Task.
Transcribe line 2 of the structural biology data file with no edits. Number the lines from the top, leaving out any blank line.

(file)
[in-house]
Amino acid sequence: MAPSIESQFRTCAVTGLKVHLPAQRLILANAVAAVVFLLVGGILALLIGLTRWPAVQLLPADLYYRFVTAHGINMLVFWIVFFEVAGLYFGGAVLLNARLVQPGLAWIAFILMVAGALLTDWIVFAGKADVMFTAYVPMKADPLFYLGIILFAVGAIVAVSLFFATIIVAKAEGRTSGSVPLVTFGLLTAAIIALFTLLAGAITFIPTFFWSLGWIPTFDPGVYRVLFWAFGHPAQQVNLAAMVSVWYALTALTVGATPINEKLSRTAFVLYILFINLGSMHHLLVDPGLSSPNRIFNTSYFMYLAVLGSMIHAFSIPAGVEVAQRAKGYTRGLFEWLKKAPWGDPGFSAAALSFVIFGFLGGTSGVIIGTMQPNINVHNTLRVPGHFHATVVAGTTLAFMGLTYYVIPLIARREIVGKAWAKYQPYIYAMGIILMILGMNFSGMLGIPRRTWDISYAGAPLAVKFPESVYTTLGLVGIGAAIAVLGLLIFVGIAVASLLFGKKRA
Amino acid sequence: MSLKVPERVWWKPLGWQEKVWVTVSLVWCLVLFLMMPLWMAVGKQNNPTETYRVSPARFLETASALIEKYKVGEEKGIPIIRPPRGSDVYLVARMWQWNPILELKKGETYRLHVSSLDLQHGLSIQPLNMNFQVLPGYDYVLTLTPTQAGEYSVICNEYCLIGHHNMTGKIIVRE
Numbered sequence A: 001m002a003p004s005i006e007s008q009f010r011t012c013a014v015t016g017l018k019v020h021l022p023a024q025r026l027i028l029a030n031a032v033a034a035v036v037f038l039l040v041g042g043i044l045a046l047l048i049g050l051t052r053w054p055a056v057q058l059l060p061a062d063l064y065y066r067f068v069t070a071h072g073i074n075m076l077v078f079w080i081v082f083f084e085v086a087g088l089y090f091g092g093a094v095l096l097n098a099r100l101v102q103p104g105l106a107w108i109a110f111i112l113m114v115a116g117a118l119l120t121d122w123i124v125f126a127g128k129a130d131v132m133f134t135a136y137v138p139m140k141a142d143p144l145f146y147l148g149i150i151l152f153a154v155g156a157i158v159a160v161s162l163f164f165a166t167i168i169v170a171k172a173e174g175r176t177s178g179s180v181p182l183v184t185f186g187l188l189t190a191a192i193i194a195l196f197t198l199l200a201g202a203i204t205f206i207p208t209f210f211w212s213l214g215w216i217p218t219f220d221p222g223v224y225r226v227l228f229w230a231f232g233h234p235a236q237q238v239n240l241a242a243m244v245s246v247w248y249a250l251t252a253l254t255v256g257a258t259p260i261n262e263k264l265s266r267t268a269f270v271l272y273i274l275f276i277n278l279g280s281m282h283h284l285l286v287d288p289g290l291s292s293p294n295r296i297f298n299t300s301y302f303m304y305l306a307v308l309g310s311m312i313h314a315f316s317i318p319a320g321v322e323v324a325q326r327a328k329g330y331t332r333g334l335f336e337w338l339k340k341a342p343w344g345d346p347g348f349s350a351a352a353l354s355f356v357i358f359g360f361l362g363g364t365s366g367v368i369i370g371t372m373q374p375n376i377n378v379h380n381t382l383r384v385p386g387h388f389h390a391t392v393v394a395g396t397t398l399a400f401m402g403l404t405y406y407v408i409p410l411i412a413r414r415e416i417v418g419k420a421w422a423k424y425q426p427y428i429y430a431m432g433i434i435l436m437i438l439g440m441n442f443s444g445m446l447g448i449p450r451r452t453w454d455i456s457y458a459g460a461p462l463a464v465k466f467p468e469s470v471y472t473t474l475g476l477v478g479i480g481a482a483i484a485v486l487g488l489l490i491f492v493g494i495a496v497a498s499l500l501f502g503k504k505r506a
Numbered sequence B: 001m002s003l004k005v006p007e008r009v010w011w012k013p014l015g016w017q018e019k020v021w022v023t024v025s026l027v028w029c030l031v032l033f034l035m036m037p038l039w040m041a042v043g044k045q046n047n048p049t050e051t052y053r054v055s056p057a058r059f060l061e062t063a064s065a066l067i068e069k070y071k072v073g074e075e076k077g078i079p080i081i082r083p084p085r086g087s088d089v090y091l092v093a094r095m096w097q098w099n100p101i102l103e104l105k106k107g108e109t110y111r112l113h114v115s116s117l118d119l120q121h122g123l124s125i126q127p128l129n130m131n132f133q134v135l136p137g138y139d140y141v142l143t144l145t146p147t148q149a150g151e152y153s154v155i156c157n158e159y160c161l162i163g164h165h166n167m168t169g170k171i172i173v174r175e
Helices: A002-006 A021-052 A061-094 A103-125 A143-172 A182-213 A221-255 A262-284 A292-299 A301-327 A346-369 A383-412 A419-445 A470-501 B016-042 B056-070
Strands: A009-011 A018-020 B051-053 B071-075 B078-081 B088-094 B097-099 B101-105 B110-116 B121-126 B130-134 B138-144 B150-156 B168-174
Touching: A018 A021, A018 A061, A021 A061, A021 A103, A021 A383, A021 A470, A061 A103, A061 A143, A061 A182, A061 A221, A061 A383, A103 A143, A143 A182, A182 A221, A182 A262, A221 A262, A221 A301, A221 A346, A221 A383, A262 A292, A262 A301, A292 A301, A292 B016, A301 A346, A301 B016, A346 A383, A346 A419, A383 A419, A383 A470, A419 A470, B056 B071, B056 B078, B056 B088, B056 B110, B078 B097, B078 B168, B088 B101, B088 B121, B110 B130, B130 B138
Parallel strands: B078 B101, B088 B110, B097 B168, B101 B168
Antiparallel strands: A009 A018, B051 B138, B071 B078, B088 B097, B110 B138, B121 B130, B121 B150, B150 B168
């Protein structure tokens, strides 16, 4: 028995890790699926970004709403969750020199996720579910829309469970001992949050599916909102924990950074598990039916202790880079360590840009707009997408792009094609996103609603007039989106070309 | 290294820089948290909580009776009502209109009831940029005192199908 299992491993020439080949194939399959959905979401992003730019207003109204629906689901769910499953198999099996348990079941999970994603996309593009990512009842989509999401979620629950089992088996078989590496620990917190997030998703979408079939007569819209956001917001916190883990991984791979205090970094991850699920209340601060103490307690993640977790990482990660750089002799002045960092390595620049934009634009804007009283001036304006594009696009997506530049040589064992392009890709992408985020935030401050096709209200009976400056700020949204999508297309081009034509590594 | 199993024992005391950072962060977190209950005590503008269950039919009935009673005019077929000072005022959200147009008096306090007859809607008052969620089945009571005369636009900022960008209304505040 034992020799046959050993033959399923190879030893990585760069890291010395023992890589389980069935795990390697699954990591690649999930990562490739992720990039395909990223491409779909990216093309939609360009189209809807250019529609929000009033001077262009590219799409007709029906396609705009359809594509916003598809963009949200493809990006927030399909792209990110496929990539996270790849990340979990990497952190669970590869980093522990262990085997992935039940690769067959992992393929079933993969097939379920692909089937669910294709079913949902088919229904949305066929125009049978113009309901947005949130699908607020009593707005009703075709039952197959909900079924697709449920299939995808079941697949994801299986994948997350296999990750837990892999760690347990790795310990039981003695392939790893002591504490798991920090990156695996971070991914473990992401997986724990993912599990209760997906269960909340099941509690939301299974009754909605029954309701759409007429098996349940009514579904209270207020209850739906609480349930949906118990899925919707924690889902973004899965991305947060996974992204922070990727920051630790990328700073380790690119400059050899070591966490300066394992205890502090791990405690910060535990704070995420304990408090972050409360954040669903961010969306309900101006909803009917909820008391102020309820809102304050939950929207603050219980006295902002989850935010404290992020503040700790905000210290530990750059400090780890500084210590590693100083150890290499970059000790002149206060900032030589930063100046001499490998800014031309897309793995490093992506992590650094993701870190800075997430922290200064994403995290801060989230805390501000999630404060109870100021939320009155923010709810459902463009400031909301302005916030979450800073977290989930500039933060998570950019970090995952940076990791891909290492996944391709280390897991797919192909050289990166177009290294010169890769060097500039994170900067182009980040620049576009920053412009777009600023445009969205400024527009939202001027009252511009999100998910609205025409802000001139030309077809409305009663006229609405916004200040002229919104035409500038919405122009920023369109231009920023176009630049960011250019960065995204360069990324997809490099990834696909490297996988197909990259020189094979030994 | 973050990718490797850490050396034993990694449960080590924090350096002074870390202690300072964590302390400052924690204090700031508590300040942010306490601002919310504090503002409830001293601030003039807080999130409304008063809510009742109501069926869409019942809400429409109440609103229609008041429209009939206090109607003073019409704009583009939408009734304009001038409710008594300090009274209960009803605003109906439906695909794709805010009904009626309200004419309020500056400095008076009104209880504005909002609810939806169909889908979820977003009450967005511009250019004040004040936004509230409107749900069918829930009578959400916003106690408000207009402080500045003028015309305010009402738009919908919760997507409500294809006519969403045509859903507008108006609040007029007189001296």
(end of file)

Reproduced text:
Amino acid sequence: MAPSIESQFRTCAVTGLKVHLPAQRLILANAVAAVVFLLVGGILALLIGLTRWPAVQLLPADLYYRFVTAHGINMLVFWIVFFEVAGLYFGGAVLLNARLVQPGLAWIAFILMVAGALLTDWIVFAGKADVMFTAYVPMKADPLFYLGIILFAVGAIVAVSLFFATIIVAKAEGRTSGSVPLVTFGLLTAAIIALFTLLAGAITFIPTFFWSLGWIPTFDPGVYRVLFWAFGHPAQQVNLAAMVSVWYALTALTVGATPINEKLSRTAFVLYILFINLGSMHHLLVDPGLSSPNRIFNTSYFMYLAVLGSMIHAFSIPAGVEVAQRAKGYTRGLFEWLKKAPWGDPGFSAAALSFVIFGFLGGTSGVIIGTMQPNINVHNTLRVPGHFHATVVAGTTLAFMGLTYYVIPLIARREIVGKAWAKYQPYIYAMGIILMILGMNFSGMLGIPRRTWDISYAGAPLAVKFPESVYTTLGLVGIGAAIAVLGLLIFVGIAVASLLFGKKRA